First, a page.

In summer I went out into the fields, and let my soul inspire these thoughts under the trees, standing against the trunk or looking up through the branches at the sky. If trees could speak, hundreds of them would say that I had these soul-emotions under them. Leaning against the oak’s massive trunk, and feeling the rough bark and the lichen at my back, looking southwards over the grassy fields, cowslip-yellow, at the woods on the slope, I thought my desire of deeper soul-life. Or under the green firs, looking upwards, the sky was more deeply blue at their tops; then the brake-fern was unrolling, the doves cooing, the thickets astir, the late ash leaves coming forth. Under the shapely, rounded elms, by the hawthorn bushes and hazel, everywhere the same deep desire for the soul-nature; to have from all green things and from the sunlight the inner meaning which was not known to them,—that I might be full of light as the woods of the sun’s rays. Just to touch the lichened bark of a tree, or the end of a spray projecting over the path as I walked, seemed to repeat the same prayer in me.

The long-lived summer days dried and warmed the turf in the meadows. I used to lie down in solitary corners at full length on my back, so as to feel the embrace of the earth. The grass stood high above me, and the shadows of the tree branches danced on my face. I looked up at the sky with half-closed eyes, to bear the dazzling light. Bees buzzed over me, sometimes a butterfly passed, there was a hum in the air, green-finches sang in the hedge. Gradually entering into the intense life of the summer’s days,—a life which burned around as if every grass-blade and leaf were a torch,—I came to feel the long-drawn life of the earth back into the dimmest past, while the sun of the moment was warm on me. Sesostris on the most ancient sands of the south, in ancient, ancient days, was conscious of himself and of the sun. This sunlight linked me through the ages to that past consciousness. From all the ages my soul desired to take that soul-life which had flowed through them, as the sunbeams had continually poured on earth. As the hot sands take up the heat, so would I take up that soul-energy. Dreamy in appearance, I was breathing full of existence; I was aware of the grass-blades, the flowers, the leaves on hawthorn and tree. I seemed to live more largely through them, as if each were a pore through which I drank. The grasshoppers called and leaped, the green-finches sang, the blackbirds happily fluted, all the air hummed with life. I was plunged deep in existence, and with all that existence I prayed.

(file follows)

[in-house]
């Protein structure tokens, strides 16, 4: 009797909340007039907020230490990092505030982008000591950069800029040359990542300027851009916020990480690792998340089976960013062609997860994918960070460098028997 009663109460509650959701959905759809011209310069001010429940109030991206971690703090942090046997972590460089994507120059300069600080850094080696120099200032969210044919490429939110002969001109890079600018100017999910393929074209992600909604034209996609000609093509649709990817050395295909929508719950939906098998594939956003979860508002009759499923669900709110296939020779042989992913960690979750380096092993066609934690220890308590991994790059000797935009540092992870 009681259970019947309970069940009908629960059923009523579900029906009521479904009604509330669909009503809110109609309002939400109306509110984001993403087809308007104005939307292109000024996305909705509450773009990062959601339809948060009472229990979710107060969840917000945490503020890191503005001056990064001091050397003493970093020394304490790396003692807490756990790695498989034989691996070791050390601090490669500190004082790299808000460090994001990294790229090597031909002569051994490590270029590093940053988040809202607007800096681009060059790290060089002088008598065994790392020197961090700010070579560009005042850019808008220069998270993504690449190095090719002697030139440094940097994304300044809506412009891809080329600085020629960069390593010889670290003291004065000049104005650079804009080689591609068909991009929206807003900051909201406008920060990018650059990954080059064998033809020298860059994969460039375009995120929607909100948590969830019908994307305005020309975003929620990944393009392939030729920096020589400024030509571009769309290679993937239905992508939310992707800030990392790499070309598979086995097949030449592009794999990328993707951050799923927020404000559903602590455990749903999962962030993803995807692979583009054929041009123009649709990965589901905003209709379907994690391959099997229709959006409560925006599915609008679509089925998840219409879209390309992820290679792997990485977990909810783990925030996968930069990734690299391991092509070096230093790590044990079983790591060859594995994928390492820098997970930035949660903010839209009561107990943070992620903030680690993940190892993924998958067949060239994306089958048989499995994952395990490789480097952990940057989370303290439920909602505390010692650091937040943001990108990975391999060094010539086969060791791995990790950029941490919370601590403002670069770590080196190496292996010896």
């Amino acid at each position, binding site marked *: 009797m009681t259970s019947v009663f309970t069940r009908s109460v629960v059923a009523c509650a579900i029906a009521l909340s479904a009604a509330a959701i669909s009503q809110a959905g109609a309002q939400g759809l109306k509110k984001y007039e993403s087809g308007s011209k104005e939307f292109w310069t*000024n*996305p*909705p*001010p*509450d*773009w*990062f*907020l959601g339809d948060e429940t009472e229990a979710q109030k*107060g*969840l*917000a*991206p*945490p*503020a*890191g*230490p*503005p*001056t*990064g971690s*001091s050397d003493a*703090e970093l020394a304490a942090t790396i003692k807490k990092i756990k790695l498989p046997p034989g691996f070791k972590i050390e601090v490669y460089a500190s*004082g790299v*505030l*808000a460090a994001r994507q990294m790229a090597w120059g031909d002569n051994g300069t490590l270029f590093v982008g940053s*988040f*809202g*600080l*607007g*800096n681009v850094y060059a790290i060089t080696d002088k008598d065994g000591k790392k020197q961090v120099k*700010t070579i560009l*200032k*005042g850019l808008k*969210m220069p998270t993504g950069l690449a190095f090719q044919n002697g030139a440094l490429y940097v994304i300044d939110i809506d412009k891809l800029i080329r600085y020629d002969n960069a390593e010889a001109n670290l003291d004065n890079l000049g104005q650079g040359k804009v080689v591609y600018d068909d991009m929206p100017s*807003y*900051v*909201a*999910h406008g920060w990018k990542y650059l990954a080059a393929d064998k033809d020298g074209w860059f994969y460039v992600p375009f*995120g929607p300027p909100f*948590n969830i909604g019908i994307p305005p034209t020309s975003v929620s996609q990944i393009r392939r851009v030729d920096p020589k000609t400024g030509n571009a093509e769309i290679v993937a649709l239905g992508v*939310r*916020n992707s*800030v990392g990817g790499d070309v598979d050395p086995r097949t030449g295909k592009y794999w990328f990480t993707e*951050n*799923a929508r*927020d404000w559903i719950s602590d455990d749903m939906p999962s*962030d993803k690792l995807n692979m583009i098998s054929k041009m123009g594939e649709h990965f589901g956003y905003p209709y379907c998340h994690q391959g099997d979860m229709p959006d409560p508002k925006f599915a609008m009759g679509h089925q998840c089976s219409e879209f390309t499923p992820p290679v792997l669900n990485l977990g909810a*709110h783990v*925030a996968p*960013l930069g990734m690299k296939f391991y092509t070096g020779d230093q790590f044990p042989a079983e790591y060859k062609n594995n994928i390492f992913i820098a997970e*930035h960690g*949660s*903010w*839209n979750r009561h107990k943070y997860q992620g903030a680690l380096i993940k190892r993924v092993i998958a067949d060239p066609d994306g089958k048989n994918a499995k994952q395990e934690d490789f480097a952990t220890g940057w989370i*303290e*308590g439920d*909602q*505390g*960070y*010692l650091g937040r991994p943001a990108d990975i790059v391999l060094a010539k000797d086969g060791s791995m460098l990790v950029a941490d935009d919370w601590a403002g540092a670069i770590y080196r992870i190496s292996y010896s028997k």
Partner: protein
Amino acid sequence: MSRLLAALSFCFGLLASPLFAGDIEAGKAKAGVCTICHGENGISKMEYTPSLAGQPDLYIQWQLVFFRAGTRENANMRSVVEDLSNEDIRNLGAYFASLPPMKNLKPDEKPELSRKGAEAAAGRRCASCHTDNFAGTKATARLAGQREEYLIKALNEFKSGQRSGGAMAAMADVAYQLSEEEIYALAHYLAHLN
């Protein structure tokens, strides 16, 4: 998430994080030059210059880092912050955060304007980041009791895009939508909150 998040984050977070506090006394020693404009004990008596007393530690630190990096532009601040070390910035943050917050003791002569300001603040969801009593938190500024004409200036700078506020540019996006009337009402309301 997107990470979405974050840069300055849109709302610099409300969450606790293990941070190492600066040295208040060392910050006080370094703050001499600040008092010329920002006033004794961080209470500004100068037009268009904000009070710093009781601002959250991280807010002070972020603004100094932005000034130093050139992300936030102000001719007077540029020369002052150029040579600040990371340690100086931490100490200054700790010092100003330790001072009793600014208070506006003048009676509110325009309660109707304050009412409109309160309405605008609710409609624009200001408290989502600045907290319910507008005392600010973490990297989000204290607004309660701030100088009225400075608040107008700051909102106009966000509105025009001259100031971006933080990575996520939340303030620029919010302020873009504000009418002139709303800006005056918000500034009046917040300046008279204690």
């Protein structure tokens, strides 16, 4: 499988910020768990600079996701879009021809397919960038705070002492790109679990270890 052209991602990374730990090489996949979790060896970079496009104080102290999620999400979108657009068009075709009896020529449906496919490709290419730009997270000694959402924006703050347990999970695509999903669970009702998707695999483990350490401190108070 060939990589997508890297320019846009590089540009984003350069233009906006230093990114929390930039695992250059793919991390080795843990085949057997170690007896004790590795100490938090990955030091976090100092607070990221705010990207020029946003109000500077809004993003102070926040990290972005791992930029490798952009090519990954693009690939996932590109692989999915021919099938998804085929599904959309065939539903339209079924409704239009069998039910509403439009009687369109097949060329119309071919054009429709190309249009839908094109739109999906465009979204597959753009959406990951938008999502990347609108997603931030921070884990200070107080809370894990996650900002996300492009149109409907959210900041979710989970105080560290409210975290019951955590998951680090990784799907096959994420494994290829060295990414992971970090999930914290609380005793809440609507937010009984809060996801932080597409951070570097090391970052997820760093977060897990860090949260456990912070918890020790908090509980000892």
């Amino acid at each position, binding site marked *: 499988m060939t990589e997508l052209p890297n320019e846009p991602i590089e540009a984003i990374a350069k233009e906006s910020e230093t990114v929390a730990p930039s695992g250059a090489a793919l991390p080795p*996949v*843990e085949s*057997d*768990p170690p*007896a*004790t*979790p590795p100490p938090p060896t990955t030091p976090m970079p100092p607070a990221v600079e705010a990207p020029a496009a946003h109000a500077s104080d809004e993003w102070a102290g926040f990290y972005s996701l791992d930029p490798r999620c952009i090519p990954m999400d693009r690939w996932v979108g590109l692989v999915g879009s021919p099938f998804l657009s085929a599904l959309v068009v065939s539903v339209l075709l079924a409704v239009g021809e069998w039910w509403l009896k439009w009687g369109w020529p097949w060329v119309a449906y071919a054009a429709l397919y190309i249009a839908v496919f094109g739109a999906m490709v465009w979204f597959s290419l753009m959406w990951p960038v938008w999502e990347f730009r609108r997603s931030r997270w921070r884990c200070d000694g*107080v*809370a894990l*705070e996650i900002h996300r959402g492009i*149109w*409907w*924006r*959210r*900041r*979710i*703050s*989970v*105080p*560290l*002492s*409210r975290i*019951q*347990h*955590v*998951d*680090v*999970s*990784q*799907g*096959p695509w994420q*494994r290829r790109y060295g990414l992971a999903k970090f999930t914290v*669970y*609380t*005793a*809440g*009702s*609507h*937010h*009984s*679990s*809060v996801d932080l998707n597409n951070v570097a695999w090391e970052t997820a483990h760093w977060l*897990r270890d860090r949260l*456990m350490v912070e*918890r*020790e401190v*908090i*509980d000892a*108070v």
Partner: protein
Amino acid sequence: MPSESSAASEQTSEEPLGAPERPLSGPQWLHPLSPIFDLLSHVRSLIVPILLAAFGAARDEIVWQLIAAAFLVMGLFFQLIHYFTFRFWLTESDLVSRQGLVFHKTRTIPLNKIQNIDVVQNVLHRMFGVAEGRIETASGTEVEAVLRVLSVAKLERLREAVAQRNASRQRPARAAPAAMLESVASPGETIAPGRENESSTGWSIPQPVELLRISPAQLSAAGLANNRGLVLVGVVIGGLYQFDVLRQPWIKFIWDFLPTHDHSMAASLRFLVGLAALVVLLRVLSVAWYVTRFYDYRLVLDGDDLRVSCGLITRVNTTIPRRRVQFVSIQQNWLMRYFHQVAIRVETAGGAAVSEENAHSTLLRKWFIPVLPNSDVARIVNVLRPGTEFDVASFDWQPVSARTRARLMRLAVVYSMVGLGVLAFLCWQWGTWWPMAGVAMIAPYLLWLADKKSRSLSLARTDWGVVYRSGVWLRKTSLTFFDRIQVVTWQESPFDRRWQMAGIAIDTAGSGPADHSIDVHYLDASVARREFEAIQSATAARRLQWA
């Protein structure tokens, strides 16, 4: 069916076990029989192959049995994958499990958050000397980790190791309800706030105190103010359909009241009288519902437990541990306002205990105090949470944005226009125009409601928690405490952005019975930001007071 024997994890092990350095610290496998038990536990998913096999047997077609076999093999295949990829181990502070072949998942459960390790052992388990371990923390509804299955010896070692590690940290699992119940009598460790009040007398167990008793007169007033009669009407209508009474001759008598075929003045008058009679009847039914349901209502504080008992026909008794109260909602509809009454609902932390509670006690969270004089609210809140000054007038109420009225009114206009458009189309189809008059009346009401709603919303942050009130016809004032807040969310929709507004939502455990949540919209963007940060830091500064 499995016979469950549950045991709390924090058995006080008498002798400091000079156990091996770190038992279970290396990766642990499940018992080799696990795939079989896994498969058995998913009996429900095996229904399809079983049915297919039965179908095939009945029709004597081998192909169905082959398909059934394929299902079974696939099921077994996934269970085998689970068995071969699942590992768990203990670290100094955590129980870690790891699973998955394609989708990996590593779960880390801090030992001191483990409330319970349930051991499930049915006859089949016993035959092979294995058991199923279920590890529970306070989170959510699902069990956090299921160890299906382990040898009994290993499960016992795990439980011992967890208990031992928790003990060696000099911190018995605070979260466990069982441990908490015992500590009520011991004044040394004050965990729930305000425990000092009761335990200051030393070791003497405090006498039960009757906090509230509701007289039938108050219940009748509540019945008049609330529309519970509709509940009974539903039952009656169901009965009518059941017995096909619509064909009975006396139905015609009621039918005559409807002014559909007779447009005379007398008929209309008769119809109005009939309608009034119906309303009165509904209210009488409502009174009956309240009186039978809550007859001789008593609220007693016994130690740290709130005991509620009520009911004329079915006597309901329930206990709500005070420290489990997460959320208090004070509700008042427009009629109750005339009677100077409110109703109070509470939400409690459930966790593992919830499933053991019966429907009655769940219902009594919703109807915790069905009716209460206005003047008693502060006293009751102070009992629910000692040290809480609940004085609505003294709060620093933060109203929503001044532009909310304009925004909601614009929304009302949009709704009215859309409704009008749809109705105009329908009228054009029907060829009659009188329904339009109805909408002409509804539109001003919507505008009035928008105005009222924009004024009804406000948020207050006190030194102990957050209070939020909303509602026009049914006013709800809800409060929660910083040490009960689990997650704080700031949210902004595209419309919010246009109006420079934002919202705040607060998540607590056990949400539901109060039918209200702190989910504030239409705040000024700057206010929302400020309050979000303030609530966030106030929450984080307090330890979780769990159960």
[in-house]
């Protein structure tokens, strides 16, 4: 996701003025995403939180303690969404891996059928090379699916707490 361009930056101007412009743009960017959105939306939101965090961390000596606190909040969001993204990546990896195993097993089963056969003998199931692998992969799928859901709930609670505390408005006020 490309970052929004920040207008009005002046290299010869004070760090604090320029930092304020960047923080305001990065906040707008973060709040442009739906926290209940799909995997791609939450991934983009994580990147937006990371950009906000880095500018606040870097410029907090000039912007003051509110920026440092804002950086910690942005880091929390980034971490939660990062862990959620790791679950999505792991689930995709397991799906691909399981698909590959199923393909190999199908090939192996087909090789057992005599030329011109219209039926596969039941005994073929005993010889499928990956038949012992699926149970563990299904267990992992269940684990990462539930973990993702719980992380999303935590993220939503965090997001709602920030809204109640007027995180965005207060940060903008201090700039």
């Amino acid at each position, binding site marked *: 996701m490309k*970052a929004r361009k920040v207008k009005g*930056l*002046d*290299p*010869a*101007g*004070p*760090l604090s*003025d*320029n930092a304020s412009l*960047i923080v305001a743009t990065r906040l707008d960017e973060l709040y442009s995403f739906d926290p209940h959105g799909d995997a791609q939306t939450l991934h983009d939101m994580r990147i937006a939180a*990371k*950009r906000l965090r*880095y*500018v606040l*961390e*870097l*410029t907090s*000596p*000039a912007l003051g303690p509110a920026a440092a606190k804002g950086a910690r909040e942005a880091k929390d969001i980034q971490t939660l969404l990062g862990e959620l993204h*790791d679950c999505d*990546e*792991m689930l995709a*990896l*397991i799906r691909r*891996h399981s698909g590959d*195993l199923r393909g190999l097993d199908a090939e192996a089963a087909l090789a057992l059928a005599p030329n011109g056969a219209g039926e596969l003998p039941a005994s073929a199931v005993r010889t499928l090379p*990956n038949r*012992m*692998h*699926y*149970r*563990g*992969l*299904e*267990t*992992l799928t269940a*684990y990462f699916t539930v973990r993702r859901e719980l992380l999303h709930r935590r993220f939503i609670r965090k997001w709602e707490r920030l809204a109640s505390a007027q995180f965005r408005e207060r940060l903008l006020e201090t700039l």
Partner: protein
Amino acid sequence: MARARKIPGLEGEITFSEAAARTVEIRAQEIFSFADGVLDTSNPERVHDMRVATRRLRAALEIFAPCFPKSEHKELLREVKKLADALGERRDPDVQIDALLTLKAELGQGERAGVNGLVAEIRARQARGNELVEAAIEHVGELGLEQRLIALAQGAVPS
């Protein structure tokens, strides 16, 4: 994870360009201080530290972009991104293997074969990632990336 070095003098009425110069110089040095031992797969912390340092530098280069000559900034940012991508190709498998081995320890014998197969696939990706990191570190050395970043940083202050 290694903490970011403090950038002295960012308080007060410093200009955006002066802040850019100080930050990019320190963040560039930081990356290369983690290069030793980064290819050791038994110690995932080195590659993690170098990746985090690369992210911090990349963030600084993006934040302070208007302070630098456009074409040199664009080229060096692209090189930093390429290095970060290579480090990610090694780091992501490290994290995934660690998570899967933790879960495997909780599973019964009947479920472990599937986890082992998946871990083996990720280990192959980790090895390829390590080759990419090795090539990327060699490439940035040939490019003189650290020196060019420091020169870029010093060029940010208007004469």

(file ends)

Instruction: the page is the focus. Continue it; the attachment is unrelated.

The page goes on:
Through every grass-blade in the thousand thousand grasses; through the million leaves, veined and edge-cut, on bush and tree; through the song-notes and the marked feathers of the bird, through the insects’ hum and the color of the butterfly; through the soft warm air and the flecks of clouds dissolving,—I used them all for prayer with all the energy the sunbeams had poured unwearied on the earth since Sesostris was conscious of them on the ancient sands; with all the life that had been lived by vigorous man and beauteous woman since first in dearest Greece the dream of the gods was woven; with all the soul-life that had flowed a long stream down to me,—I prayed that I might have a soul more than equal to, far beyond my conception of, these things of the past, the present and the fullness of all life; not only equal to these, but beyond, higher, and more powerful than I could imagine; that I might take from all their energy, grandeur, and beauty, and gather it into me; that my soul might be more than the cosmos of life.

I prayed with the glowing clouds of sunset, and the soft light of the first star coming through the violet sky. At night, with the stars according to the season: now with the Pleiades, now with the Swan, or burning Sirius, and broad Orion’s whole constellation, red Aldebaran, Arcturus, and the Northern Crown; with the morning star, the light-bringer, once now and then when I saw it, a white-gold ball in the violet-purple sky, or framed about with pale summer vapor, floating away as red streaks shot horizontally in the east. A diffused saffron ascended into the luminous upper azure. The disk of the sun rose over the hill; fluctuating with throbs of light, his chest heaved in fervor of brilliance. All the glory of the sunrise filled me with broader and furnace-like vehemence of prayer that I might have the deepest of soul-life, the deepest of all, deeper far than all this greatness of the visible universe and even of the invisible; that I might have a fullness of soul till now unknown, and utterly beyond my own conception.

In the deepest darkness of the night, the same thought rose in my mind as in the bright light of noontide. What is there which I have not used to strengthen the same emotion?